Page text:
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Doug Orth | Archive | Email |
Staff Writer

NFL Draft Profile – RB Ezekiel Elliott

Ezekiel Elliott

Ezekiel Elliott actually plays to his timed speed and must be accounted for in the passing game.

College: Ohio State
Height/Weight: 6’0”/225
Hands: 10 1/4”

Important NFL Combine Numbers
40-Yard Dash: 4.47
Vertical Jump: 32 1/2"
Broad Jump: 9' 10"
20-Yard Shuttle: DNP
3-Cone: DNP

Background (College Stats)
The son of a former University of Missouri linebacker (Stacy) who allowed the memorable and highly controversial touchdown on the "fifth-down" play against Colorado in 1990, Ezekiel was an elite high-school football and track athlete before deciding to become a Buckeye. "Zeke" spent his freshman year as a backup to starter Carlos Hyde before bursting onto the scene as a sophomore in 2014, essentially carrying Ohio State in the second half of the season - along with third-string QB Cardale Jones - after starting quarterback J.T. Barrett (filling in for the injured Braxton Miller) was lost for the season right before the Big Ten championship game. Elliott had a three-game run for the ages to close the season following Barrett's injury, piling up 696 yards rushing and eight touchdowns while leading the Buckeyes past Wisconsin, Alabama and Oregon as Ohio State won the first College Football Playoff National Championship. His final year in Columbus proved to be more of the same, as he was awarded the 2015 Graham-George Offensive Player of the Year (Big Ten MVP) after rushing for 1,821 yards and 23 touchdowns on 289 attempts. Elliott shredded Notre Dame for 149 yards on the ground and tied a Fiesta Bowl record with four rushing touchdowns in his final college game, giving him eye-popping totals of 625 yards rushing and 10 touchdowns in the three bowl games in which he played during his college career.

NFL Player Comp(s): A more explosive Doug Martin

Best Scheme Fit: Universal. Should excel in zone- or man-blocking system. Elliott's ability to plant his foot and cut quickly will fit well in a zone scheme. His power, balance, vision and willingness to embrace contact should allow him to thrive behind a man-blocking line as well.


  • Coach Urban Meyer called him "the best player without the ball that I've ever coached" - competitive drive shows in every facet of his game.
  • Proven three-down back; adequate route-runner (for the limited routes he was asked to run in college) with natural pass-catching skills; possesses the ability to adjust to poorly thrown balls and transitions quickly after the catch.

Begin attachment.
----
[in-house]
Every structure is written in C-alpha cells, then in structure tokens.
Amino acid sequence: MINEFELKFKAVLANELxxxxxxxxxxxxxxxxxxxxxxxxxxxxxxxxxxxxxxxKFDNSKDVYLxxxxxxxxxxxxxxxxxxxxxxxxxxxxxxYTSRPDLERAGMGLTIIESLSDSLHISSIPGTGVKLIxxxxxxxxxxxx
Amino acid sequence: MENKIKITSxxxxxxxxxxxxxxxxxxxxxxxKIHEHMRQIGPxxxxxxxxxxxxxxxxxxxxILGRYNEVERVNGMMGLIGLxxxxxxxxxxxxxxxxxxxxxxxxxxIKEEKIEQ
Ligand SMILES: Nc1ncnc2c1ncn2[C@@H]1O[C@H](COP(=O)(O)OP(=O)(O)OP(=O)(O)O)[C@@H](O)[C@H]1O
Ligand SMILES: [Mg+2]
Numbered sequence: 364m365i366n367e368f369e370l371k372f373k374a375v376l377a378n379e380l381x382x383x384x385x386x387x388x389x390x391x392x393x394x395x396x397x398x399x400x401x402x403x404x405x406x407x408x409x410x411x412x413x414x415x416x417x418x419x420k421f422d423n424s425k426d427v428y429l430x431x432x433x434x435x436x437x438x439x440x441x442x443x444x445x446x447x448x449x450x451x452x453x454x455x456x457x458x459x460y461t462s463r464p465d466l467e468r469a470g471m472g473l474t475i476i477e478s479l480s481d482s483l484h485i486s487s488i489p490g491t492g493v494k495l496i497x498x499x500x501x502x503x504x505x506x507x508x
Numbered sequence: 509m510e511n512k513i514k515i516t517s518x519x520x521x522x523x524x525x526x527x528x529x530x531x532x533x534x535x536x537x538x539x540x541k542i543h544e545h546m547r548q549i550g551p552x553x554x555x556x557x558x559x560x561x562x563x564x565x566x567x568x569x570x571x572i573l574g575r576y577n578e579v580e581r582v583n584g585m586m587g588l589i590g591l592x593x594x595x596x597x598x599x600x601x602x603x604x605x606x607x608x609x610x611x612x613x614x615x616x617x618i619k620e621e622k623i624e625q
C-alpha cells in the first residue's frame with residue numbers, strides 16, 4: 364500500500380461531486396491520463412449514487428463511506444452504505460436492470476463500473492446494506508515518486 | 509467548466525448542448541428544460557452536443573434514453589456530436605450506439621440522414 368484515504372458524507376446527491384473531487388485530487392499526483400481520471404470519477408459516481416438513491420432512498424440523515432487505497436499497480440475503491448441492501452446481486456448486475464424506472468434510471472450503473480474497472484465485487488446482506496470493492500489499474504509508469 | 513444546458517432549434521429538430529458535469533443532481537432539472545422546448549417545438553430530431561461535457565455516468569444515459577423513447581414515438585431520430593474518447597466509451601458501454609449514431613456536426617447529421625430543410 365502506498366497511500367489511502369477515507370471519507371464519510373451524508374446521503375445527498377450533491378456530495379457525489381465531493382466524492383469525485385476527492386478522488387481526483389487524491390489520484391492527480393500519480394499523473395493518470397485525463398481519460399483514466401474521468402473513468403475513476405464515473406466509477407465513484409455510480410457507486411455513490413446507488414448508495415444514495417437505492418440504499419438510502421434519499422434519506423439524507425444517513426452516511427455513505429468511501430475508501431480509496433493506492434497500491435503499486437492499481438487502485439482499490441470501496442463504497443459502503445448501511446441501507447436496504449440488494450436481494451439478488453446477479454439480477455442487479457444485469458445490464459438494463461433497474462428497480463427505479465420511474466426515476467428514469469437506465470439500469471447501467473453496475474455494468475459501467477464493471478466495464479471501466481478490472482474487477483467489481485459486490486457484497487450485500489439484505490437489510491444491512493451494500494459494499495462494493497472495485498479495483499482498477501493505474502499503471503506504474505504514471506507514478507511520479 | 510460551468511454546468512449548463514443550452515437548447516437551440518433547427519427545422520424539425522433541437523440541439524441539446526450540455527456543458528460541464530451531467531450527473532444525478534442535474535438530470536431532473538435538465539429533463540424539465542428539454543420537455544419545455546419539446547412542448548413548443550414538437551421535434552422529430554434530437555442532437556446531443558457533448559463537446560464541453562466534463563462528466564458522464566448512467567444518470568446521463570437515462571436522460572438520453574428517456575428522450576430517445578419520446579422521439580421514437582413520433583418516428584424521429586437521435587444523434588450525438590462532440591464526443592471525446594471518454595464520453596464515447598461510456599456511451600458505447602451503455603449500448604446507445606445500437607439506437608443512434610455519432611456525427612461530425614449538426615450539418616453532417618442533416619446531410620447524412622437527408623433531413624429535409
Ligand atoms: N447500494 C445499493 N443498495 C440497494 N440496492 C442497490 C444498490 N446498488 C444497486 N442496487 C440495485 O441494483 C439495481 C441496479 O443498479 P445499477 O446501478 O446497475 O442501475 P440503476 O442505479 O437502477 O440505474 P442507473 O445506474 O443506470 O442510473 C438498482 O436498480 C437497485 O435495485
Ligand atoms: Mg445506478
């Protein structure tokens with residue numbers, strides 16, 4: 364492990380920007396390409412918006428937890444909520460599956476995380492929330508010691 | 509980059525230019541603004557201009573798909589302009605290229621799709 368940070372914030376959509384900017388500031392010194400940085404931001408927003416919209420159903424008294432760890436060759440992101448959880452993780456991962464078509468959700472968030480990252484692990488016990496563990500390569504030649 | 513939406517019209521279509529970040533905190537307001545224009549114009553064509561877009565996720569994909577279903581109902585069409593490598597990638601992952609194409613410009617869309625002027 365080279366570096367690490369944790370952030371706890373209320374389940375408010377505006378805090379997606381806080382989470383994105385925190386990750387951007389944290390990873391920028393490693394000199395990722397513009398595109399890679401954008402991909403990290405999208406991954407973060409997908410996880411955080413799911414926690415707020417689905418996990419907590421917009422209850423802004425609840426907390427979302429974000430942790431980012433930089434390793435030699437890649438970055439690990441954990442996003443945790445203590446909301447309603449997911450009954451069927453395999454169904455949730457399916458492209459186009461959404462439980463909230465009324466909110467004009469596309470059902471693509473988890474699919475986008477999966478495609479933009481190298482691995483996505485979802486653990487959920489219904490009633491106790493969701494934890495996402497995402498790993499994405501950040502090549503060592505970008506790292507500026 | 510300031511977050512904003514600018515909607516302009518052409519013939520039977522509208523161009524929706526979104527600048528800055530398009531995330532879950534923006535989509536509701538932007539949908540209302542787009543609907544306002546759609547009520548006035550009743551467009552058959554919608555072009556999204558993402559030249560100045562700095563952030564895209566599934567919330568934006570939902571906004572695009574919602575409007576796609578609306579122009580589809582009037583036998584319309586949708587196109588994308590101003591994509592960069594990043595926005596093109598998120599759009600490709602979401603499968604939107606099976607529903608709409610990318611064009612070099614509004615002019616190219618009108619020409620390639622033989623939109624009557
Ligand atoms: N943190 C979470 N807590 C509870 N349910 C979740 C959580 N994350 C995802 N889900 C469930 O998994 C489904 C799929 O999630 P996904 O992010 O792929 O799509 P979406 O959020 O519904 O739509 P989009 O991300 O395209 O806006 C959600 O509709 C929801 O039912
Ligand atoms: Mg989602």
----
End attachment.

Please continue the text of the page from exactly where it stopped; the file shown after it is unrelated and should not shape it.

• Routinely sheds the first tackler and maintains a good pad level; keeps churning his legs on inside runs and regularly gets more than what is blocked.
  • Explosive back with exceptional start-stop ability and let his eyes control his feet while also showing an innate feel for setting up his blocks; very little wasted motion.
  • Understands how to "tempo" his runs - often throwing off the angles of a pursuing defender - but is a smooth accelerator and knows when to put the petal to the metal.
  • Ball security: four fumbles (three lost) on 650 offensive touches during college career.


  • Accumulated 617 touches over the last two seasons.
  • Almost seems too eager at times to seek out contact and, as a result, tends to absorb more punishment than necessary.
  • Is not a sophisticated route-runner yet and can stand to refine his technique as a blocker in the passing game.

Bottom Line
There are some that believe that Elliott showed immaturity when he complained about a lack of touches in the Buckeyes' only loss in 2015 - a 17-14 setback to Michigan State - but even Meyer admitted that his back was right, even if he wished his back would have handled his displeasure differently. Nevertheless, it is hard to blame him for calling out his offensive coordinator that day: the only two times Ohio State lost in Elliott's two seasons as the feature back were when he saw 12 or fewer carries. There's a lot to like about the rugged junior back, who consistently maximizes inside rushes by embracing contact and often turns perimeter carries into huge plays simply by outracing defenders to the edge.

When the run demands that he stays inside, he looks like a younger version of Frank Gore in that he puts his head down and shows impressive leg drive while moving the pile forward. However, he's not just an inside runner and that is where he is much more like Miller. While he isn't the type that stacks move upon moves, Elliott has the elusiveness to avoid an unblocked defender in the backfield and make something out of nothing. He's the rare physical back that actually plays to his timed speed and must be accounted for in the passing game as well, so coaches will be hard-pressed to pull him off the field on any down unless he needs to rest. The Ohio State product shouldn't be expected to have the same kind of rookie-year impact that Todd Gurley did unless he is the clear feature back behind one of the league's best offensive lines, but Elliott is by far the best bet in this class to come the closest to challenging the ex-Bulldog and could ultimately end up being the best player in this draft. In the end, Elliott is a clean prospect with such high upside, he's easy to endorse as a top-10 selection.

Doug Orth has written for FF Today since 2006 and been featured in USA Today’s Fantasy Football Preview magazine since 2010. He hosted USA Today’s hour-long, pre-kickoff fantasy football internet chat every Sunday in 2012-13 and appears as a guest analyst on a number of national sports radio shows, including Sirius XM’s “Fantasy Drive”. Doug is also a member of the Fantasy Sports Writers Association.